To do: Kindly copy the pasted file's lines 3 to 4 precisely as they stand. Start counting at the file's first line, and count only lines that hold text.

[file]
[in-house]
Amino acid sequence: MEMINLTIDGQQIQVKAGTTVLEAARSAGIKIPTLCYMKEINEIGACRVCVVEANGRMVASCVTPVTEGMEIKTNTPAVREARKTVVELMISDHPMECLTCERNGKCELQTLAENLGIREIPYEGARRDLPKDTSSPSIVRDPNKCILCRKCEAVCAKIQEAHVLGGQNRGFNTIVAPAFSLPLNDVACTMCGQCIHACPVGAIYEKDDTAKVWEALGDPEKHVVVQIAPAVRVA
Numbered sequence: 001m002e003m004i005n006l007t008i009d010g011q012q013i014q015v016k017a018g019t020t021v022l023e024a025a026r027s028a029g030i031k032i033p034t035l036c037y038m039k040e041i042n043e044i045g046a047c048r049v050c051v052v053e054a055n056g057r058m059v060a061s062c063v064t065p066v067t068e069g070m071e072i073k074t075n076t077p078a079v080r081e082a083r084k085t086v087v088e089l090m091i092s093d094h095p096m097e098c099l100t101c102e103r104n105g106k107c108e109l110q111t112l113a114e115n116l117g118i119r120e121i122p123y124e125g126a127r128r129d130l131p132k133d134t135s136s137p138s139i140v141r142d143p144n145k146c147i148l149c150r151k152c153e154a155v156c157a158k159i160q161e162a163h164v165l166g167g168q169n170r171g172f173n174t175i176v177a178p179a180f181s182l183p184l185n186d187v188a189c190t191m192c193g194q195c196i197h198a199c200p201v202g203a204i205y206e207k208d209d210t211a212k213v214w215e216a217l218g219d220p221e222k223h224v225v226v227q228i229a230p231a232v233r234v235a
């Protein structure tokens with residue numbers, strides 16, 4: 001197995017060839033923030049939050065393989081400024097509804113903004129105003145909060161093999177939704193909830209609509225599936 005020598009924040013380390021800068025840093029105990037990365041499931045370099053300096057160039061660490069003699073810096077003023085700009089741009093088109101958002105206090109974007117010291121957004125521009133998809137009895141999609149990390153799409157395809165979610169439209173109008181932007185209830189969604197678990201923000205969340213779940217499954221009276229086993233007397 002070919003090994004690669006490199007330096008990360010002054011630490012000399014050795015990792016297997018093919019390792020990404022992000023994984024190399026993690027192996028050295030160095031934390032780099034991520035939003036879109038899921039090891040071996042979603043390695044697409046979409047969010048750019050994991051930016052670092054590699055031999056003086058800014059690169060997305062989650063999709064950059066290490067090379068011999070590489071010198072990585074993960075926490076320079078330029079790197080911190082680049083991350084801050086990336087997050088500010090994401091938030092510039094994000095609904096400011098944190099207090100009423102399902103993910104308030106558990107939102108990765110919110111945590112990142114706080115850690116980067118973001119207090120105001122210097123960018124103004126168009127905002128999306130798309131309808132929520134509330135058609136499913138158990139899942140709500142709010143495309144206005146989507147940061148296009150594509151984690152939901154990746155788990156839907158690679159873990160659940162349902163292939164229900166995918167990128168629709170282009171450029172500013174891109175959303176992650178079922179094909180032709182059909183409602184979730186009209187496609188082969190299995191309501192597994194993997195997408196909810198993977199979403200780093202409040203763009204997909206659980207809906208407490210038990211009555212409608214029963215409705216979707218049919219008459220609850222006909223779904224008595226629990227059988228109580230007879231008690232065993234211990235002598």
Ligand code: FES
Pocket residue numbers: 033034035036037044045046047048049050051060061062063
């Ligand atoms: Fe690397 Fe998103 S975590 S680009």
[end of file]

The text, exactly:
Numbered sequence: 001m002e003m004i005n006l007t008i009d010g011q012q013i014q015v016k017a018g019t020t021v022l023e024a025a026r027s028a029g030i031k032i033p034t035l036c037y038m039k040e041i042n043e044i045g046a047c048r049v050c051v052v053e054a055n056g057r058m059v060a061s062c063v064t065p066v067t068e069g070m071e072i073k074t075n076t077p078a079v080r081e082a083r084k085t086v087v088e089l090m091i092s093d094h095p096m097e098c099l100t101c102e103r104n105g106k107c108e109l110q111t112l113a114e115n116l117g118i119r120e121i122p123y124e125g126a127r128r129d130l131p132k133d134t135s136s137p138s139i140v141r142d143p144n145k146c147i148l149c150r151k152c153e154a155v156c157a158k159i160q161e162a163h164v165l166g167g168q169n170r171g172f173n174t175i176v177a178p179a180f181s182l183p184l185n186d187v188a189c190t191m192c193g194q195c196i197h198a199c200p201v202g203a204i205y206e207k208d209d210t211a212k213v214w215e216a217l218g219d220p221e222k223h224v225v226v227q228i229a230p231a232v233r234v235a
């Protein structure tokens with residue numbers, strides 16, 4: 001197995017060839033923030049939050065393989081400024097509804113903004129105003145909060161093999177939704193909830209609509225599936 005020598009924040013380390021800068025840093029105990037990365041499931045370099053300096057160039061660490069003699073810096077003023085700009089741009093088109101958002105206090109974007117010291121957004125521009133998809137009895141999609149990390153799409157395809165979610169439209173109008181932007185209830189969604197678990201923000205969340213779940217499954221009276229086993233007397 002070919003090994004690669006490199007330096008990360010002054011630490012000399014050795015990792016297997018093919019390792020990404022992000023994984024190399026993690027192996028050295030160095031934390032780099034991520035939003036879109038899921039090891040071996042979603043390695044697409046979409047969010048750019050994991051930016052670092054590699055031999056003086058800014059690169060997305062989650063999709064950059066290490067090379068011999070590489071010198072990585074993960075926490076320079078330029079790197080911190082680049083991350084801050086990336087997050088500010090994401091938030092510039094994000095609904096400011098944190099207090100009423102399902103993910104308030106558990107939102108990765110919110111945590112990142114706080115850690116980067118973001119207090120105001122210097123960018124103004126168009127905002128999306130798309131309808132929520134509330135058609136499913138158990139899942140709500142709010143495309144206005146989507147940061148296009150594509151984690152939901154990746155788990156839907158690679159873990160659940162349902163292939164229900166995918167990128168629709170282009171450029172500013174891109175959303176992650178079922179094909180032709182059909183409602184979730186009209187496609188082969190299995191309501192597994194993997195997408196909810198993977199979403200780093202409040203763009204997909206659980207809906208407490210038990211009555212409608214029963215409705216979707218049919219008459220609850222006909223779904224008595226629990227059988228109580230007879231008690232065993234211990235002598």